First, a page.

CLICK HERE to read the UK Government’s Guidance on the data protection implications of a ‘No Deal’ Brexit.

December 4, 2018
The Attorney General (AG) for the State of New York imposed the largest-ever penalty for violations of the U.S. federal Children’s Online Privacy Protection Act (COPPA) – 4.95 million dollars – in a settlement reached with Oath, Inc., the successor of AOL.

The AG alleged that AOL knowingly provided online advertising services to a website directed to children under the age of 13, which services involved the collection of personally identifying information from those underaged children using cookies. The information collected was also shared onward with other companies in the online advertising chain.

The AG found evidence that AOL intentionally ignored notices it received from a dozen websites that informed AOL that they are subject to COPPA and its restrictions. AOL allegedly continued to collect and process personal information from children visiting those websites, despite the notifications.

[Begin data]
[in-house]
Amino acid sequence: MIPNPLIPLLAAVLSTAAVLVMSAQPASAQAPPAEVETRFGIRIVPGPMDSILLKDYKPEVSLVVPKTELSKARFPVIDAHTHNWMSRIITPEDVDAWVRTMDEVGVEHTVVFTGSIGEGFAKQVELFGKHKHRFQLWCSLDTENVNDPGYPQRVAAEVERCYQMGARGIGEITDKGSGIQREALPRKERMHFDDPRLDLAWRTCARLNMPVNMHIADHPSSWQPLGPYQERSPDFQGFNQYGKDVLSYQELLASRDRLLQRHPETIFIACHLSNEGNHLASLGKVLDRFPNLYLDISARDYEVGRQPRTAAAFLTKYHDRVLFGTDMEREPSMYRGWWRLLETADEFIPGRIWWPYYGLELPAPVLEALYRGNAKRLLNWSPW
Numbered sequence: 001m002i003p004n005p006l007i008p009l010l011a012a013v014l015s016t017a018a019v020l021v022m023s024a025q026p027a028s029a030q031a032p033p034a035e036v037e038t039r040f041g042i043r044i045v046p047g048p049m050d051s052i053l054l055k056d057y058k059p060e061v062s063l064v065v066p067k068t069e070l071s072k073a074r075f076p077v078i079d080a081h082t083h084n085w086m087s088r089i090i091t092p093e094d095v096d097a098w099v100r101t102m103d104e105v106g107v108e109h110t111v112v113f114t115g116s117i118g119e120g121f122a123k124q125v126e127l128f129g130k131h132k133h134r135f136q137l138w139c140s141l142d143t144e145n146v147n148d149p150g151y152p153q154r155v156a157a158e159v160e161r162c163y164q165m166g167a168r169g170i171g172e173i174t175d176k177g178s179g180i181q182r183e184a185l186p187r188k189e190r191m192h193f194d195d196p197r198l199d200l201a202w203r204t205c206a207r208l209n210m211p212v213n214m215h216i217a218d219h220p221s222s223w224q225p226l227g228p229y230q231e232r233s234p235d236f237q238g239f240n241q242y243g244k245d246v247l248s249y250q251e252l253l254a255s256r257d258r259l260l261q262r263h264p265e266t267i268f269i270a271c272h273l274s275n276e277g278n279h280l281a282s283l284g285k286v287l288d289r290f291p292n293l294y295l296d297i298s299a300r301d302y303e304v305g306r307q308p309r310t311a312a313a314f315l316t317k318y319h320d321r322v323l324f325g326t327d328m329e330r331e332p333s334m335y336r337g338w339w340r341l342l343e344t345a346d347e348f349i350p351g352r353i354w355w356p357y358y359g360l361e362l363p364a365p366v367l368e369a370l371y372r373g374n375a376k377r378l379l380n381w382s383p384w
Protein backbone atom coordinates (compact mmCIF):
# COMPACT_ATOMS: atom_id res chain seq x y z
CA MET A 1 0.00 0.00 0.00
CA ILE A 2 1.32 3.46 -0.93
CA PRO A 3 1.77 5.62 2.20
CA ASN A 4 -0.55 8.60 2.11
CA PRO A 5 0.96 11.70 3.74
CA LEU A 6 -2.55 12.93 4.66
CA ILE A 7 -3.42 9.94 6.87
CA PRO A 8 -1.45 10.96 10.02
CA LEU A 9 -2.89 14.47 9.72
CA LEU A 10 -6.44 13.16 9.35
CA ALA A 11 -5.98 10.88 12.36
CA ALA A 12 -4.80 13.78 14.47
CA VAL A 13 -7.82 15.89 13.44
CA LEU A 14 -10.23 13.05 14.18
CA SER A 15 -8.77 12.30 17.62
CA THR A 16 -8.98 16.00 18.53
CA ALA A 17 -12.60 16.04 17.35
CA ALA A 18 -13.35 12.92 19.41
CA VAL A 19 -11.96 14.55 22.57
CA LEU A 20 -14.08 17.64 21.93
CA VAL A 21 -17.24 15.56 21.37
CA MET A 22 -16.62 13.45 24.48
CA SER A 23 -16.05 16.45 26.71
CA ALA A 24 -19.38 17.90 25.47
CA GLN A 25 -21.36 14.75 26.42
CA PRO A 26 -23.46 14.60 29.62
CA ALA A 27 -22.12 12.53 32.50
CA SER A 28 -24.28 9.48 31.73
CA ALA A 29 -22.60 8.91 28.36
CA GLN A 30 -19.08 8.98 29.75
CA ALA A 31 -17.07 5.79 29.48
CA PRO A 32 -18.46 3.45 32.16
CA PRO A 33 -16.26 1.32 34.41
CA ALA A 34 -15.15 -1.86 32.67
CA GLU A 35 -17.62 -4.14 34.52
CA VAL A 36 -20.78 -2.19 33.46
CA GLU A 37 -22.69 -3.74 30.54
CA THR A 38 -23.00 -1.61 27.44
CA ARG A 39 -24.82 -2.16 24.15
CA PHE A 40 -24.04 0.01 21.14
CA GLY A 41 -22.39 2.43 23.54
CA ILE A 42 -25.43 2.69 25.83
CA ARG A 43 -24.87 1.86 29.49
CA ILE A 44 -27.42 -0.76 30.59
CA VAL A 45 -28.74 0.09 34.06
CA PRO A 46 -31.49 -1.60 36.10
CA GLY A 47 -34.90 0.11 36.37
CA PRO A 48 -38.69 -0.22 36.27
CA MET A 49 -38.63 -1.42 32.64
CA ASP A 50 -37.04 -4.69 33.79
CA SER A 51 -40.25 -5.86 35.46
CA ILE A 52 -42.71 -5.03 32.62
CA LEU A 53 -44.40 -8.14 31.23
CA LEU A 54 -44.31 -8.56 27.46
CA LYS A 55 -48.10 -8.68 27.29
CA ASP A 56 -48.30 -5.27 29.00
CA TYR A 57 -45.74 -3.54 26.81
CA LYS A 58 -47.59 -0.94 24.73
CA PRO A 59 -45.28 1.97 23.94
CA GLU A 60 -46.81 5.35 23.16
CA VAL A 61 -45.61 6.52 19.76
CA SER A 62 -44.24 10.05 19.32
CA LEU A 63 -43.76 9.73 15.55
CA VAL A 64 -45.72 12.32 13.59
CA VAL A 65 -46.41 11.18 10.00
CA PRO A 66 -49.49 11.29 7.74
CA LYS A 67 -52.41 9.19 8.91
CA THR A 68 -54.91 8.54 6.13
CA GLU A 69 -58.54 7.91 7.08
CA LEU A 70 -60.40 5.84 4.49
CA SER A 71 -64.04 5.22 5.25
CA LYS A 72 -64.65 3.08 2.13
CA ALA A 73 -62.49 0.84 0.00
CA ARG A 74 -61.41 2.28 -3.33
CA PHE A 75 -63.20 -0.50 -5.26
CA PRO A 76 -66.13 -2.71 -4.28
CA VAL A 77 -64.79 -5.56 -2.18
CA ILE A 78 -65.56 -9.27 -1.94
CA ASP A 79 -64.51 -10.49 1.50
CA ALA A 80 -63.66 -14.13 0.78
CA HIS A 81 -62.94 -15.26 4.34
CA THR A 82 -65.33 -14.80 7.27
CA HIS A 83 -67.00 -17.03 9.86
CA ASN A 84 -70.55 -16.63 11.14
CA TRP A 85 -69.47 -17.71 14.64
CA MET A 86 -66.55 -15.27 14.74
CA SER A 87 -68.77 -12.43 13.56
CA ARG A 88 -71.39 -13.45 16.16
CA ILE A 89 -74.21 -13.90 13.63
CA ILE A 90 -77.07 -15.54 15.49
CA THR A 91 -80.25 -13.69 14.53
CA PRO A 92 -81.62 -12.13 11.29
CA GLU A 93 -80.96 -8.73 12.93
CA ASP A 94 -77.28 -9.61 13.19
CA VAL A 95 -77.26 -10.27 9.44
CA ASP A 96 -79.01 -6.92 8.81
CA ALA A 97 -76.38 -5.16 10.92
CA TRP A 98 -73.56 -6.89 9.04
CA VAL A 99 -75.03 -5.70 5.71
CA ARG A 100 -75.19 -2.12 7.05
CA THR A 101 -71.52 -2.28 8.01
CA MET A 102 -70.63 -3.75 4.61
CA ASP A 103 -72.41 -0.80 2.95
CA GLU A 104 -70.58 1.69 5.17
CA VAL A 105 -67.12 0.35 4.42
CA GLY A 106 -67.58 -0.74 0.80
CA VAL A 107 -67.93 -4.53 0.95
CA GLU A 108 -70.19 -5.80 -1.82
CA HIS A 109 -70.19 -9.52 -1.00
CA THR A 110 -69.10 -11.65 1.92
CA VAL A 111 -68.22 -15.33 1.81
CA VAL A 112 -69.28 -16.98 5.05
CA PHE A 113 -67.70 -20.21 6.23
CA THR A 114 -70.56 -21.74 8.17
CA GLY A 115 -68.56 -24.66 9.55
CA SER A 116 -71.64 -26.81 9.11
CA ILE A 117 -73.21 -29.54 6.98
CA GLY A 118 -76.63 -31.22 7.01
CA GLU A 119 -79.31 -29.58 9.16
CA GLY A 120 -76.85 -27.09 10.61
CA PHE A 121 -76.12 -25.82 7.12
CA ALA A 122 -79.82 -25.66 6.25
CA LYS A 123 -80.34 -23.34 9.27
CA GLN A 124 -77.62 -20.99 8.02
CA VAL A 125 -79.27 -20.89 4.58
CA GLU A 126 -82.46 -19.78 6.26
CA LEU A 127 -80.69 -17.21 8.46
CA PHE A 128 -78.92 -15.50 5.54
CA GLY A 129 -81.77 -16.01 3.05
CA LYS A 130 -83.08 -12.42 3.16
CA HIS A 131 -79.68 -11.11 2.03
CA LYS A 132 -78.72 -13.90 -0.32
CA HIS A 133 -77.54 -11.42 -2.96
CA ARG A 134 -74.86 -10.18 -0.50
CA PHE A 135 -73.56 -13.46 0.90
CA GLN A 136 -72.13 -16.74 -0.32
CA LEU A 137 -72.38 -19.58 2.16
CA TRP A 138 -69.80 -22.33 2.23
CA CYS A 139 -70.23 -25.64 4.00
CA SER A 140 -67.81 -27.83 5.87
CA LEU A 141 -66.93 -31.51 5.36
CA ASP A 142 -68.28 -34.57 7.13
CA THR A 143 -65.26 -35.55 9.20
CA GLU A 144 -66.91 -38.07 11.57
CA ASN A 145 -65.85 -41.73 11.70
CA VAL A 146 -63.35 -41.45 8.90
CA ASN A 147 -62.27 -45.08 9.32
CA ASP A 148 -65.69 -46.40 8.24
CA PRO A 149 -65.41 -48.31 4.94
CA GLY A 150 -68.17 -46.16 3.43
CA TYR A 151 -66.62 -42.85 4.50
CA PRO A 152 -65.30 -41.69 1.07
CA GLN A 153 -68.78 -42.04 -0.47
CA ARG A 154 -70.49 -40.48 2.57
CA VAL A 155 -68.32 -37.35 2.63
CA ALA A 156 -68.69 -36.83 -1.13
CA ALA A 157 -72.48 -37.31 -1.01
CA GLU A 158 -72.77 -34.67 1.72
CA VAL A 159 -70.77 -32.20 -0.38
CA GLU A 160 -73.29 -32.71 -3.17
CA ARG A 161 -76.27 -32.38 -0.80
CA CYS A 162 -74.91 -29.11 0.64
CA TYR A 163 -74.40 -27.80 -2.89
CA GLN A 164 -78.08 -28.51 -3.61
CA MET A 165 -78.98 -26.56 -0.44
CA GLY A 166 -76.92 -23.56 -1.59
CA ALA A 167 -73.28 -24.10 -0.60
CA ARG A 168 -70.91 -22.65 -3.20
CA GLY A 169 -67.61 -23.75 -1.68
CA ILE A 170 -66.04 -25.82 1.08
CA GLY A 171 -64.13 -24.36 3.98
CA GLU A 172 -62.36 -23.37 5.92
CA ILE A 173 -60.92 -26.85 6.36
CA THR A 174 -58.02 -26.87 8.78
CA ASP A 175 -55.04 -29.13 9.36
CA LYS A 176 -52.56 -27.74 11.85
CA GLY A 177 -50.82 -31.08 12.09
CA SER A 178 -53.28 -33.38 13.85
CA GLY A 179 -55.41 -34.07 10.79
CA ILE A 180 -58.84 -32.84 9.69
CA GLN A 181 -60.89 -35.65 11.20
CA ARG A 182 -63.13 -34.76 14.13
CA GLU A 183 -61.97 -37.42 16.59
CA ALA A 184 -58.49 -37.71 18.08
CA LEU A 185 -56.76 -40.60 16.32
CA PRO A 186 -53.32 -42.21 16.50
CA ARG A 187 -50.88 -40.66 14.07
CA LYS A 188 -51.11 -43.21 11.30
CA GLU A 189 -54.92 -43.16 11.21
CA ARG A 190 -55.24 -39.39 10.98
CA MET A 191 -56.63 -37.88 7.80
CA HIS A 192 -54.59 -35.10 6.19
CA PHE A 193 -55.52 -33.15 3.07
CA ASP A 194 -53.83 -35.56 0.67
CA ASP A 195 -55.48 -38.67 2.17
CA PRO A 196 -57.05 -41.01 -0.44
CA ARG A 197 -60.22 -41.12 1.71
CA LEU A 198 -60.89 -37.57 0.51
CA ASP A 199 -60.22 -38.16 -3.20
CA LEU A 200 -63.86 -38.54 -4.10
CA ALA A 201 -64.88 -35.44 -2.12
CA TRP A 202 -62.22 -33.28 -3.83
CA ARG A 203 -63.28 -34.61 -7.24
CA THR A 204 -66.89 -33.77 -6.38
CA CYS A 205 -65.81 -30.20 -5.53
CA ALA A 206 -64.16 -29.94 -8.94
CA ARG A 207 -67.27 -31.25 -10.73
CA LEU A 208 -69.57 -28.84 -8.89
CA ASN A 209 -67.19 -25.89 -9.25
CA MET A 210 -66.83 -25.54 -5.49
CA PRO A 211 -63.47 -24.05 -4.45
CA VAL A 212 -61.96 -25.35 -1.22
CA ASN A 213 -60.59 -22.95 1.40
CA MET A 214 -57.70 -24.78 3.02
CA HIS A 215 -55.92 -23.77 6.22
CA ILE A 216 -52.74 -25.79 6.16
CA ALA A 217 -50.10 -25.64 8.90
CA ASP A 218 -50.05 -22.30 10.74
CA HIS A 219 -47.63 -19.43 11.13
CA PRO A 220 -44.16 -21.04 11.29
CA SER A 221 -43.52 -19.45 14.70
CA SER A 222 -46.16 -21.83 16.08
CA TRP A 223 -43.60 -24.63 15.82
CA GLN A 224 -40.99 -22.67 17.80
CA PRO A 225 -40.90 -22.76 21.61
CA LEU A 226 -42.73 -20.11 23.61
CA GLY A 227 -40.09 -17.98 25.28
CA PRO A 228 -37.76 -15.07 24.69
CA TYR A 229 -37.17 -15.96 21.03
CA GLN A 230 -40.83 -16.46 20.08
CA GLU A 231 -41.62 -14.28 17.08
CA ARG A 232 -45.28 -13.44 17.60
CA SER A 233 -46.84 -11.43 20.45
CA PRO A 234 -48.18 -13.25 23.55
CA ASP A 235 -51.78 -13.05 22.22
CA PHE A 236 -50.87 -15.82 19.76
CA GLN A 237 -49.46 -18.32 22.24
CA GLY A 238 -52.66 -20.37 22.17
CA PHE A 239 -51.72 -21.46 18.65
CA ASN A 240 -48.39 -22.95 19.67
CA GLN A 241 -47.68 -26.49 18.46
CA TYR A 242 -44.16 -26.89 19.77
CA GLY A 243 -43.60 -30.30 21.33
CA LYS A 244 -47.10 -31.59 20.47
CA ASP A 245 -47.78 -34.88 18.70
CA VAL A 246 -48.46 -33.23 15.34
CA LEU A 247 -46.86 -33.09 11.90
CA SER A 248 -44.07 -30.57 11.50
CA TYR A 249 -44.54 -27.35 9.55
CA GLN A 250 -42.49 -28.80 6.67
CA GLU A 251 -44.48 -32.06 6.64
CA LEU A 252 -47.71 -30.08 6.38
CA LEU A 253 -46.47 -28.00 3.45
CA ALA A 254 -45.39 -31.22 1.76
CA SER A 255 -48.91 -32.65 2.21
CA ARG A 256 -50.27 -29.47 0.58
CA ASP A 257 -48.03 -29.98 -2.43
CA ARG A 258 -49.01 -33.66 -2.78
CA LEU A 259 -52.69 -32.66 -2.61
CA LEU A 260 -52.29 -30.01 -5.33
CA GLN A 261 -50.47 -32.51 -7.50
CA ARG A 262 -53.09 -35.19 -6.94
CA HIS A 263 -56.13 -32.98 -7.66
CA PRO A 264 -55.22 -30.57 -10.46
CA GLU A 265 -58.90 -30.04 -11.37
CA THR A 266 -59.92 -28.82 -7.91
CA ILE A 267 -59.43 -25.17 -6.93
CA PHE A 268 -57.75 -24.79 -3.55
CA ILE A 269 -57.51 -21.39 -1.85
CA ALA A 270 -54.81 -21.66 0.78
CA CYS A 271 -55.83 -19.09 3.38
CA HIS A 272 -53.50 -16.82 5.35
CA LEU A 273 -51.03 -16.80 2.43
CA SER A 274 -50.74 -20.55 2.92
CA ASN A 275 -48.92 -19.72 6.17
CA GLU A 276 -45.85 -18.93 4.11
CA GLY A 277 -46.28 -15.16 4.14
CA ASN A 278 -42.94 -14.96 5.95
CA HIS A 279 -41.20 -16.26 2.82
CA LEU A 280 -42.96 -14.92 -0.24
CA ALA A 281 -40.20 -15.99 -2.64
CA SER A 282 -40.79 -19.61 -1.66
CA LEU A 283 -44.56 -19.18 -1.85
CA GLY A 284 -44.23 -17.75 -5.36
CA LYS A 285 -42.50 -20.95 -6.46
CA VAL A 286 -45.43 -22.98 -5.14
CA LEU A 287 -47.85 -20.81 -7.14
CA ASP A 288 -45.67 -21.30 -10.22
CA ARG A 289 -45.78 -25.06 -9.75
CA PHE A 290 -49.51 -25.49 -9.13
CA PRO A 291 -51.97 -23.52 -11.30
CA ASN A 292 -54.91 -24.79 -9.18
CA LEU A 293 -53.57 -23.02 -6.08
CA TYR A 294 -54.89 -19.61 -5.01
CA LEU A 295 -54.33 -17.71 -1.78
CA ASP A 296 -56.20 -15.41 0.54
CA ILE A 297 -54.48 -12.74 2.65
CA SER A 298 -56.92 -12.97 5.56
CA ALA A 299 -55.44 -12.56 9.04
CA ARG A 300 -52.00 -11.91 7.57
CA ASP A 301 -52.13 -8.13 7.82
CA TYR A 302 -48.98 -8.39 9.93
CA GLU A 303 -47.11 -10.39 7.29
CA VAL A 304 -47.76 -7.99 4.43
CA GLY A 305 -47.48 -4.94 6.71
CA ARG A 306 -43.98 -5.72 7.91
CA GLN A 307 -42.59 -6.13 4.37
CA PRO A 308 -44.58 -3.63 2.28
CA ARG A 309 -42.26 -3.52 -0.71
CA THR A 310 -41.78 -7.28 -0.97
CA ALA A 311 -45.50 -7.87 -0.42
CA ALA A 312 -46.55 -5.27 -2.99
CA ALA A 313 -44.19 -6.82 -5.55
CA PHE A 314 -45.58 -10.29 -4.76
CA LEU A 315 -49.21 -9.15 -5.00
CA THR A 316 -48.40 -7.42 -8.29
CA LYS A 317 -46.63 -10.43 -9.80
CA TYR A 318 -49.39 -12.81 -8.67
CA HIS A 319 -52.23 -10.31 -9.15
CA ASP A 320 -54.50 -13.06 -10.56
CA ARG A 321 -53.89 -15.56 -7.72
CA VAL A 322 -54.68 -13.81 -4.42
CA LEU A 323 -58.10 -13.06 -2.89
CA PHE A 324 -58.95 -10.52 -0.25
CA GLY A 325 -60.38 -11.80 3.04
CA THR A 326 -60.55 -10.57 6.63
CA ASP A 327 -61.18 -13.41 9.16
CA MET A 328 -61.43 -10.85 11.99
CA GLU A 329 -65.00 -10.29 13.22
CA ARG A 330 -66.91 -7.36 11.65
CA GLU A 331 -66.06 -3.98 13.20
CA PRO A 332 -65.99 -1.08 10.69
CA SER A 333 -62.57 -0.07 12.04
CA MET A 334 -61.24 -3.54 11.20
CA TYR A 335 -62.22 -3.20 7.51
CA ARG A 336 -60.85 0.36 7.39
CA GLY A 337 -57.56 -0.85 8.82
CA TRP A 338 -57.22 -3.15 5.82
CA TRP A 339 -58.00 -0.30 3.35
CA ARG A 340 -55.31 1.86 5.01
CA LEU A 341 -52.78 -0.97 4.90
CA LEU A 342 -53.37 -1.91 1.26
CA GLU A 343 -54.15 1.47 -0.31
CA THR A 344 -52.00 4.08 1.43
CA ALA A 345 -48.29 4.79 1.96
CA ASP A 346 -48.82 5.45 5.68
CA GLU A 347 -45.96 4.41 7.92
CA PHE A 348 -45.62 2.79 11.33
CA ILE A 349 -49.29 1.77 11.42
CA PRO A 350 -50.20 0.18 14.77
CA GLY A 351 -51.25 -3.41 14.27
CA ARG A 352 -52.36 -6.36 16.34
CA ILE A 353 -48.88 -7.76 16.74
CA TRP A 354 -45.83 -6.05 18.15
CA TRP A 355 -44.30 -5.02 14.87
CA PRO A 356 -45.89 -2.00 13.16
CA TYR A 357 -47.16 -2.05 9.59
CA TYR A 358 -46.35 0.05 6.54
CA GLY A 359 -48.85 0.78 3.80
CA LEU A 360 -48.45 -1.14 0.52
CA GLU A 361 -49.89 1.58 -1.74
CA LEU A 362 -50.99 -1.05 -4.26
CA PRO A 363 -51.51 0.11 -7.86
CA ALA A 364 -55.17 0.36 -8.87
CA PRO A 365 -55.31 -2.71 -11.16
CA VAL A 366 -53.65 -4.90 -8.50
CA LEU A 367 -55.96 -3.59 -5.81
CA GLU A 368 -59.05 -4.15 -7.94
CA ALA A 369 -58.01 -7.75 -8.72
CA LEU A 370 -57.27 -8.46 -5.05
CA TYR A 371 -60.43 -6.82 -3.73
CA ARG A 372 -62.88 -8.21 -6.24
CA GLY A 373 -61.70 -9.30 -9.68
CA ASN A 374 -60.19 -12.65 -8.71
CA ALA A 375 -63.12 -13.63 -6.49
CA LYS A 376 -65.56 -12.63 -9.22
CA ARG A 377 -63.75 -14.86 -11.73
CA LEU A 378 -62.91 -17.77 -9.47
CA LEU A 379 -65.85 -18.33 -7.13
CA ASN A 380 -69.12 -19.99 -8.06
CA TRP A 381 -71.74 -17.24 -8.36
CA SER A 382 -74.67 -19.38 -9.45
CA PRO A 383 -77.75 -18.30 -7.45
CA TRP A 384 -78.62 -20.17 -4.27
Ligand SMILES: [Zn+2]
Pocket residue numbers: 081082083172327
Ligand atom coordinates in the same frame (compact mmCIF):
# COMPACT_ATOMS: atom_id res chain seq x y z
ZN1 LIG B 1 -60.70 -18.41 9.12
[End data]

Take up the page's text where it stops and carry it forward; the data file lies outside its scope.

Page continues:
The AG also found that AOL itself had reviewed hundreds of websites and concluded that they were directed to children yet continued to collect and process information from children visiting those websites.

The settlement also required Oath to destroy the personal information of children in its possession, establish, maintain and implement a rigorous COPPA compliance program and designate an officer to oversee the program.

CLICK HERE to read the New York AG’s press release.

December 19, 2018
The EU Commission published its second annual review of the EU-US Privacy Shield program which is designed to allow personal data flows from the EU to organizations in the U.S. that are certified under the Privacy Shield program.

The review found that the U.S. Department of Commerce, which administers the Privacy Shield program, has further strengthened the Privacy Shield certification process and introduced new oversight procedures, such as random spot-checks for certified organizations. The report also found that the U.S. Federal Trade Commission (FTC), which is primarily responsible for regulatory enforcement of the Privacy Shield program, has been taking more a proactive approach to compliance monitoring.

On the basis of the annual review, the EU Commission concluded that the United States continues to ensure an adequate level of protection for personal data transferred under the Privacy Shield, but that there are a number of gaps that the EU Commission will closely monitor.